Monthly Archives October 2015

Canada Needs to Hike To Marginal Rate

October 30, 2015 Taxation in Canada

OTTAWA – Canada could more than double its top marginal tax rate, raising enough money to pay for universities and national infrastructure development.

Canada’s top marginal tax rate on personal incomes could be raised significantly, according to the results of a new study published on October 29th by the Canadian Centre for Policy Alternatives.

Currently, the top marginal income tax rate on personal incomes is set at 29 percent on incomes exceeding CAD 136 270 per year, however, the current administration has previously claimed that they would implement a new tax bracket of 33 percent for those earning more than CD 200 000.

The Centre claimed that the current rate, and the proposed rates, are too low, as in the past the top rate of tax on high income earners has been in excess of 50 per...

Read More

UK Drops Energy Project Tax Breaks

October 29, 2015 Taxation in UK

LONDON – In order to allay the fear that community energy projects are being misused by venture capitalists, the UK government has dropped the tax breaks previously made available for the construction of renewable energy projects.

On October 26th the Financial Secretary to the Treasury David Gauke announced that community energy projects in the UK will no longer be eligible for tax breaks, a move which will put even more strain on the sector.

From November 30th this year, community energy programmes will no longer be eligible to receive Enterprise Investment Scheme (EIS) and Seed Enterprise Investment Scheme (SEIS) tax relief, or Social Investment Tax relief (SITR).

Explaining the decision to cut tax breaks for the community energy programs, the Financial Secretary said that the new rules...

Read More

Tax Wealthy to Fund Universities in South Africa

October 28, 2015 Taxation in South Africa

PRETORIA – In order to help poor students attend higher education South Africa needs to tax the wealthy.

In an address to parliament on October 27th the Minister of Higher Education and Training of South Africa suggested that the government should introduce higher taxes to be paid by wealthy individuals in order to fund universities.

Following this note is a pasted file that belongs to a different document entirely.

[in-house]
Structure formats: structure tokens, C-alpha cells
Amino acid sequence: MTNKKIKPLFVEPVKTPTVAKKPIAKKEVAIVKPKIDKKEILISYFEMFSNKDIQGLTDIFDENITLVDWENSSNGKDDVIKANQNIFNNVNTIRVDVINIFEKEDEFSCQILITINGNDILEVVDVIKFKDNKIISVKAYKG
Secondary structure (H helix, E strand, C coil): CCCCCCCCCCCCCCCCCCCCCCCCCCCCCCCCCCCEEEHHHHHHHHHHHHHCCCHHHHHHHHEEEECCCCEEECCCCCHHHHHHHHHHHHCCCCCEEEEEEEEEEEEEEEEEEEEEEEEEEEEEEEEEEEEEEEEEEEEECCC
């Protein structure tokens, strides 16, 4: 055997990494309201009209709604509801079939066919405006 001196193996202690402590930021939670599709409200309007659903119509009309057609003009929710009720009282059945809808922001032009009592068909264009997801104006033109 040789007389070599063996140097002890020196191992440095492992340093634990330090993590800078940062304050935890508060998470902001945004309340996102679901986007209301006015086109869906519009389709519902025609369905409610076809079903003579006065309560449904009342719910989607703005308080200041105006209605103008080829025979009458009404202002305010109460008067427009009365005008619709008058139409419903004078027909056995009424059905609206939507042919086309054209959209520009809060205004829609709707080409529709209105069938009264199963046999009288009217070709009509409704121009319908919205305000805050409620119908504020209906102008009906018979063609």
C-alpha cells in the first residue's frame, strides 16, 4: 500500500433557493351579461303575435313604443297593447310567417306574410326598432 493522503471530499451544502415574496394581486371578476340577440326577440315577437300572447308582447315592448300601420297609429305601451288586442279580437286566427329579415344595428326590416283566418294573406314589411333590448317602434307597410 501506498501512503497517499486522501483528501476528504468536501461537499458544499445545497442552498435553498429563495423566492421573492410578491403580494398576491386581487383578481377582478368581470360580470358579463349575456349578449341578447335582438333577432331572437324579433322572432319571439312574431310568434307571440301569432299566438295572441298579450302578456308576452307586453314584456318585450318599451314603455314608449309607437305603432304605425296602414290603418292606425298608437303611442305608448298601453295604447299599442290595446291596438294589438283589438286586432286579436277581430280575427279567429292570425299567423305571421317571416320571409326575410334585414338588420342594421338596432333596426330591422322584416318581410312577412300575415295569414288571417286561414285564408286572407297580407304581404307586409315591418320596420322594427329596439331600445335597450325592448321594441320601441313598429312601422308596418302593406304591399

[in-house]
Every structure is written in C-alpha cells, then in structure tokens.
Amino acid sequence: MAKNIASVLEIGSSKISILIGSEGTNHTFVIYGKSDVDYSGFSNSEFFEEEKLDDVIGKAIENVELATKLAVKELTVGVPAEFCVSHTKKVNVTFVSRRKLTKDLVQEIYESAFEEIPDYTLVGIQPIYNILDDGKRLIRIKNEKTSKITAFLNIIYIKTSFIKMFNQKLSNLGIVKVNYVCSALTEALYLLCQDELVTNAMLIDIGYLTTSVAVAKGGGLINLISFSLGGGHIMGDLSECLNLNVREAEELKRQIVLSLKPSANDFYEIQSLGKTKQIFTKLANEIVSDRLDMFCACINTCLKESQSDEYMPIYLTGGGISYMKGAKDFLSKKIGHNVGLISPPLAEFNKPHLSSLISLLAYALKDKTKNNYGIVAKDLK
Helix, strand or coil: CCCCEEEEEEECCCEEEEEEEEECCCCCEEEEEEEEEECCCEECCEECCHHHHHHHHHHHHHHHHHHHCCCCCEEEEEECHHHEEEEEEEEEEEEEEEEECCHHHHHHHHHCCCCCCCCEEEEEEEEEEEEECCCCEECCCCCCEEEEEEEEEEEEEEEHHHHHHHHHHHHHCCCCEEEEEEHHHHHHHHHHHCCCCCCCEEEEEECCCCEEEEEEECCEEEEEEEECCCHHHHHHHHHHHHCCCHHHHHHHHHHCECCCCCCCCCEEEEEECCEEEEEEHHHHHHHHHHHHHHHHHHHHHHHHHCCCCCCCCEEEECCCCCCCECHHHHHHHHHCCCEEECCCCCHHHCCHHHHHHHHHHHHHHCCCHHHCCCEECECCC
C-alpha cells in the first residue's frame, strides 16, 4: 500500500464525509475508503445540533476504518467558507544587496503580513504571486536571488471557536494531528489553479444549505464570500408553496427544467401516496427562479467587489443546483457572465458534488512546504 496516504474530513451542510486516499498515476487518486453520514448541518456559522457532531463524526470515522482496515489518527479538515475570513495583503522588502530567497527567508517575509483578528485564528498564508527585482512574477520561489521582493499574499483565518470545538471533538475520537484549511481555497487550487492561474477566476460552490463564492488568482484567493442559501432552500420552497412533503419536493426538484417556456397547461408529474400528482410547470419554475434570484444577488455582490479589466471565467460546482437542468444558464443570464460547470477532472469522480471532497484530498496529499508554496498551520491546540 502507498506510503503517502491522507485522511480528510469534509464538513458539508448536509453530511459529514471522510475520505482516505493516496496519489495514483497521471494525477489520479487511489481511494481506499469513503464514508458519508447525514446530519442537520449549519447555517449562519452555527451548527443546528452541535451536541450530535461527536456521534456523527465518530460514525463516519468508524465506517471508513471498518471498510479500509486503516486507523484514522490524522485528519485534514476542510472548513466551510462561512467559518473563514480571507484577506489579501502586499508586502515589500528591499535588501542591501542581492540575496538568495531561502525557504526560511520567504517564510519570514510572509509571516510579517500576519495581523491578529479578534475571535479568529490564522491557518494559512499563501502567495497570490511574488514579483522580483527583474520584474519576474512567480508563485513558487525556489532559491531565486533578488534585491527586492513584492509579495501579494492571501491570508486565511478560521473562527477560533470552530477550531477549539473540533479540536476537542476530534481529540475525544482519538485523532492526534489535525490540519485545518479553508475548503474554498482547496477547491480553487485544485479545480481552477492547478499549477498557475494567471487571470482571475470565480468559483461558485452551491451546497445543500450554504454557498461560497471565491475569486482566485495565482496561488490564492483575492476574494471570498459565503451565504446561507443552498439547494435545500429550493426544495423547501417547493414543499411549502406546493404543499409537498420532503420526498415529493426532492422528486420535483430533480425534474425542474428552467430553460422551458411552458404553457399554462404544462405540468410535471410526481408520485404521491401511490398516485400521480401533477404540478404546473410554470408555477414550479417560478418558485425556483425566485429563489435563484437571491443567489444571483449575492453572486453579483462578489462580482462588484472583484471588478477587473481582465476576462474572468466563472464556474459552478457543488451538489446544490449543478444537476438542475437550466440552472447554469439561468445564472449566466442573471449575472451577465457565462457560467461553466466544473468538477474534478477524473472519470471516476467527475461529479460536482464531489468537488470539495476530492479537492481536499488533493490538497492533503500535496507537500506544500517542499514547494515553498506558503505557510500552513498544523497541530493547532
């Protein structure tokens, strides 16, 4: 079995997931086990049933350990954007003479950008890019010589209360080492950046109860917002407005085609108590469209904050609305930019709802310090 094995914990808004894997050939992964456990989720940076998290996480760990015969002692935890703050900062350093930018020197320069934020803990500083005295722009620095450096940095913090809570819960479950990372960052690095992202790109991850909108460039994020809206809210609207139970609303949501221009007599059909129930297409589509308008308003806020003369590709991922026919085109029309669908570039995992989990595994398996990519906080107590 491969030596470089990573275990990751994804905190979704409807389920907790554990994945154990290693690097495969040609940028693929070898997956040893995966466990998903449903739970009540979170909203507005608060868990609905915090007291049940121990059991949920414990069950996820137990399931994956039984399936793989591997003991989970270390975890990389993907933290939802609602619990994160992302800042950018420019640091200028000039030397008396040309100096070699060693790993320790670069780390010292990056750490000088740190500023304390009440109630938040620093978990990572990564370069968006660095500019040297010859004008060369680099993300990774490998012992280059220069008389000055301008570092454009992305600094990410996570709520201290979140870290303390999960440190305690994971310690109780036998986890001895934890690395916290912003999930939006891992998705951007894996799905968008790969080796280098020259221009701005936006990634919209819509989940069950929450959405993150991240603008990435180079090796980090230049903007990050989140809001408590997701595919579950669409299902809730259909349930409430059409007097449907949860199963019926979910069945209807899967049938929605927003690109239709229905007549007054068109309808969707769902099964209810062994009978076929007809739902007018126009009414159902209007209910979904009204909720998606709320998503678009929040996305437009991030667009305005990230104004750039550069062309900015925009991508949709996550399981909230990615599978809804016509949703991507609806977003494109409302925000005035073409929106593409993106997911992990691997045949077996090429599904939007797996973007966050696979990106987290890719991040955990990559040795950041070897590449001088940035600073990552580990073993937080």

The Minister claimed that overall South Africa has enough wealth to fund free higher education for poor students, however, much of the funds are locked up in the private sector, outside of the government’s control.

He went on to say that “…my own considered view is that government must have the political will to tax the rich and the wealthy to fund higher education...

Read More

UAE May Soon Implement New Taxes

October 27, 2015 Taxation in UAE

DUBAI – The UAE may soon need to implement VAT or corporate taxes in order to compensate for falling oil revenues.

As the UAE faces decreasing tax revenue in the face of an ongoing rut in global prices for oil, the government has indicated that in the near future extra taxes may be implemented in order to continue paying for public services.

The UAE has traditionally been a major supplier of oil to the international market, with the sales being the most significant source of revenues for governments of the UAE.

However, as the international prices of oil have stayed at USD 50 or below for a significant amount of time, the governments are now strapped for funds.

In regards to this potential shortage of funds, the Minister of the Economy of the UAE Sultan Bin Saeed Al Mansouri said that tax...

Read More

Bitcoin Exchange Wont Face VAT

October 23, 2015 Taxation in EU

BRUSSELS – Cryptocurrencies have taken an extra step towards wider acceptance in the EU, as a new court ruling places the new currencies on par with standard fiat currency.

In a statement made on October 22nd the European Court of Justice announced that a new ruling has been made that the purchase of Bitcoin and other cryptocurrencies should be exempt from VAT.

The Court ruled that when consumer in EU purchase or sell any cryptocurrencies they will not be subject to VAT, as though they were buying a good, as these new currencies are now to be treated as a traditional fiat currency.

In effect the new ruling means that cryptocurrencies are now regarded as standard currency like notes or coins.

The new ruling does not exclude any profits made from the exchange of cryptocurrencies from the...

Read More